- Despite the unequal pressures of home schooling and housework on mothers, slightly more UK mothers than fathers reported an improvement in their relationships. Tweet This
- Nearly 40% of UK parents who reduced their hours to look after their children reported their relationships had become better, and only 6% said they had become worse. Tweet This
The Covid-19 crisis has strengthened parent-child relationships in the United Kingdom. About a quarter of parents reported in a recent survey that their relationship with their children had become better since the UK government’s stay-at-home policy. Less than 5% reported it had become worse.
These results are based on parents surveyed in the Understanding Society May COVID-19 survey, a nationally representative study that collected data from 5500 parents in the UK.1
I led the study, along with Sandra Walzenbach from the University of Essex.
Many recent studies have pointed out the increasing economic and caring burden for women; for example, our April COVID-19 survey indicated that, on average, mothers spend nine more hours doing childcare and home schooling per week than fathers.
However, there are hidden gains. Nearly one-third of women appear to be benefiting from the UK lockdown as a time to become closer to their children. Only 5% reported their relationships had become worse. It seems that, despite the unequal pressures of home schooling and housework, slightly more mothers than fathers reported an improvement in their relationships.
The UK survey also showed that:
- Working from home may not be as bad for parent-child relationships as some have predicted. More parents who work at home reported improvements in their relationships than those who do not.
- Investing in home schooling and caring seems to be related to closer relationships.
- Fewer lone mothers reported an improvement in their relationships, and slightly more said their relationships had become worse.
- About 10% who said they were finding it difficult to get by or thought their financial future would be worse were more likely to say their relationships had deteriorated; however 27% said their relationships has improved.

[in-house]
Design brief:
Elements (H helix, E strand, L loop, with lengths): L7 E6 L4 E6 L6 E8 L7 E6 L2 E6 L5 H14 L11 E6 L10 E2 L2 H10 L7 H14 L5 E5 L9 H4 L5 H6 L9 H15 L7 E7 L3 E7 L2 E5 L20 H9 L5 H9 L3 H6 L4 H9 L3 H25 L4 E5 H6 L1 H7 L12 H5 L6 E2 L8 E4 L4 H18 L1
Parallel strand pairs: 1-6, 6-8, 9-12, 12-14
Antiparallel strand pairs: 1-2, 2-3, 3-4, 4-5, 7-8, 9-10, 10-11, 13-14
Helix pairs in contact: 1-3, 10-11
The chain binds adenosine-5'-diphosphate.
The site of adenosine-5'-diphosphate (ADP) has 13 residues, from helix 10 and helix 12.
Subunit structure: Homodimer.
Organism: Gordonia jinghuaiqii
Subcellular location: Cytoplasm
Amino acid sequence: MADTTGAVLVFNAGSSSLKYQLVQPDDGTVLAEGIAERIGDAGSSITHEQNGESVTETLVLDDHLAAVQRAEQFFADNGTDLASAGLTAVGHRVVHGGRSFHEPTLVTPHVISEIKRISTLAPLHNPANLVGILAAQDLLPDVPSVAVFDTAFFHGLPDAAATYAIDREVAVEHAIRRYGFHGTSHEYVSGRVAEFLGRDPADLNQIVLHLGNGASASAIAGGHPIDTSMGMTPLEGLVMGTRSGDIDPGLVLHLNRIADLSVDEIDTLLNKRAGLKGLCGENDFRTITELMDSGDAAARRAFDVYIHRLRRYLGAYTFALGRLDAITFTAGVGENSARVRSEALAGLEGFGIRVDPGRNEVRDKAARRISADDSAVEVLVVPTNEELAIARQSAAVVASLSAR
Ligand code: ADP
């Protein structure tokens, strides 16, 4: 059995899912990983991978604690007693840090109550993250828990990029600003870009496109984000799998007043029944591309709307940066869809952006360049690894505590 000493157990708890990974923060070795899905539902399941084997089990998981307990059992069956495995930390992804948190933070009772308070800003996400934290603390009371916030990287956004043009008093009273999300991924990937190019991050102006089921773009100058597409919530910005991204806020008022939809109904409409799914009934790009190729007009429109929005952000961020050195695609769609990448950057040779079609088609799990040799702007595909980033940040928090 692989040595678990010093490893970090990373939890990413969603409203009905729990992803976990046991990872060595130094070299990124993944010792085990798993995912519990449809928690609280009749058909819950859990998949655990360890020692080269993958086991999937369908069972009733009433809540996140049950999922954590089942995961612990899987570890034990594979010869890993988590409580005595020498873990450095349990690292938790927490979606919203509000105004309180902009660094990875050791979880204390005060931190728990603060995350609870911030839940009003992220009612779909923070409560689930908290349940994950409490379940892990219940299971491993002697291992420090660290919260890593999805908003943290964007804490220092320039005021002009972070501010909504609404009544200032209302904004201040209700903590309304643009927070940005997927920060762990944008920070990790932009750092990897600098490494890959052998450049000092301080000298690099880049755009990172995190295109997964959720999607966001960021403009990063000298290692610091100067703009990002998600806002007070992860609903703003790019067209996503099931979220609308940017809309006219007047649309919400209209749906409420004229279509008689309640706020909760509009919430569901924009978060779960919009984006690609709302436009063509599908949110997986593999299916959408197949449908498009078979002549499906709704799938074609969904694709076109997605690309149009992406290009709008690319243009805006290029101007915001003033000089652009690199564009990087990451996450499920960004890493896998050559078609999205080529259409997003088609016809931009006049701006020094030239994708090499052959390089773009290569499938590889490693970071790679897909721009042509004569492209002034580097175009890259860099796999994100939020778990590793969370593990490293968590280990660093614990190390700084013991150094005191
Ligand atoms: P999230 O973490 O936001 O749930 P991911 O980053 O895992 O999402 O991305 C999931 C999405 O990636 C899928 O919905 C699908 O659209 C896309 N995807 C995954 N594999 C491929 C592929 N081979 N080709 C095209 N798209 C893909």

While the survey indicates that working from home and having the time to home school seems to improve parent-child relationships, it is important to note that those who can work from home most likely already have higher incomes and education.
But overall, the differences by socio-economic status are minor, with nearly a third of those in deprived circumstances still reporting that their relationships had improved recently. And keep in mind that 97% of parents in Britain say that they have a close or very close relationship with their children. Very few say that they are not at all close to their children.
In the May survey, nearly 40% of parents who reduced their hours to look after their children reported their relationships had become better, and only 6% said their relationships had become worse. Parents who spend more time home schooling their children reported having a better relationship than those who spend no time with their children. This could be partly due to the age of the children, however; more parents with younger children reported an improvement in their relationship than parents with older children.
Some groups did appear to suffer more due to the lockdown. The April survey indicated that lone parents have experienced particularly severe declines in household earnings and have been falling behind on bills. These stressors may be impacting relationships. Fewer lone parents say they talk to their children about important matters. However, they are also less likely to quarrel with their children, possibly because they have fewer interactions with them.
While this survey is based on a nationally representative sampling framework, it may still have missed the most disadvantaged who have suffered the most. For example, there is insufficient data on men who have experienced hardship to be able to say whether their relationships have become better or worse. Those in the worse circumstances most likely did not answer the survey at all.
Thus, while lockdown seems to have strengthened relationships in most families, it is worth taking note of the difficulties faced by certain groups. If lockdown measures are to be reintroduced in further waves of the pandemic, then government should be considering ways to provide extra support for those suffering the worst effects of the crisis.
Brienna Perelli-Harris is Professor of Demography at the University of Southampton in the United Kingdom. For more information on this study, please see the Centre for Population Change policy brief.
1. The Understanding Society COVID-19 study is a monthly survey on the experiences and reactions of the UK population to the COVID-19 pandemic, funded by the ESRC and the Health Foundation. The second wave was carried out online between 27 May and 2 June. All Understanding Society adult sample members aged 16+ were invited to participate, and 14,607 completed the survey in the second wave. There were over 5,500 parents who answered questions on family life and whose data fed into the figures in this press release. The Health Foundation is an independent charity committed to bringing about better health and health care for people in the UK. The COVID-19 survey data is available to researchers via the UK Data Service.